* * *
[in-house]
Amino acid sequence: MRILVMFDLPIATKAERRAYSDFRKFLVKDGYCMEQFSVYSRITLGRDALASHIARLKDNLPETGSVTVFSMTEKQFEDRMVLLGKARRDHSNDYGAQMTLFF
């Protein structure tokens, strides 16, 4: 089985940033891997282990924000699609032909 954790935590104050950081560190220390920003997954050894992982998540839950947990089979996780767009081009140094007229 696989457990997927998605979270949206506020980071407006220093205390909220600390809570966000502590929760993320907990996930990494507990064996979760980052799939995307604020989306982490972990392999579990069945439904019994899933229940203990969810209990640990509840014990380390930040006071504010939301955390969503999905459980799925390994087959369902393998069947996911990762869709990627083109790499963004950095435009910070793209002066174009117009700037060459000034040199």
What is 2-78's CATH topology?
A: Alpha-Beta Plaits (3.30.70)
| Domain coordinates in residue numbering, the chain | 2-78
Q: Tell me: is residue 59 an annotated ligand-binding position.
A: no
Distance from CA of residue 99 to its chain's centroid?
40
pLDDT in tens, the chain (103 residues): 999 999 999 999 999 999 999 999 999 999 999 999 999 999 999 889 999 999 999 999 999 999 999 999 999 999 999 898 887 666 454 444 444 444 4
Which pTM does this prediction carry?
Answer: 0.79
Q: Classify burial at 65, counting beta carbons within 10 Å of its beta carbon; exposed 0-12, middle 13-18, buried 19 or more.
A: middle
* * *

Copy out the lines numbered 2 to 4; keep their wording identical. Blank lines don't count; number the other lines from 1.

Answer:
Amino acid sequence: MRILVMFDLPIATKAERRAYSDFRKFLVKDGYCMEQFSVYSRITLGRDALASHIARLKDNLPETGSVTVFSMTEKQFEDRMVLLGKARRDHSNDYGAQMTLFF
């Protein structure tokens, strides 16, 4: 089985940033891997282990924000699609032909 954790935590104050950081560190220390920003997954050894992982998540839950947990089979996780767009081009140094007229 696989457990997927998605979270949206506020980071407006220093205390909220600390809570966000502590929760993320907990996930990494507990064996979760980052799939995307604020989306982490972990392999579990069945439904019994899933229940203990969810209990640990509840014990380390930040006071504010939301955390969503999905459980799925390994087959369902393998069947996911990762869709990627083109790499963004950095435009910070793209002066174009117009700037060459000034040199």
What is 2-78's CATH topology?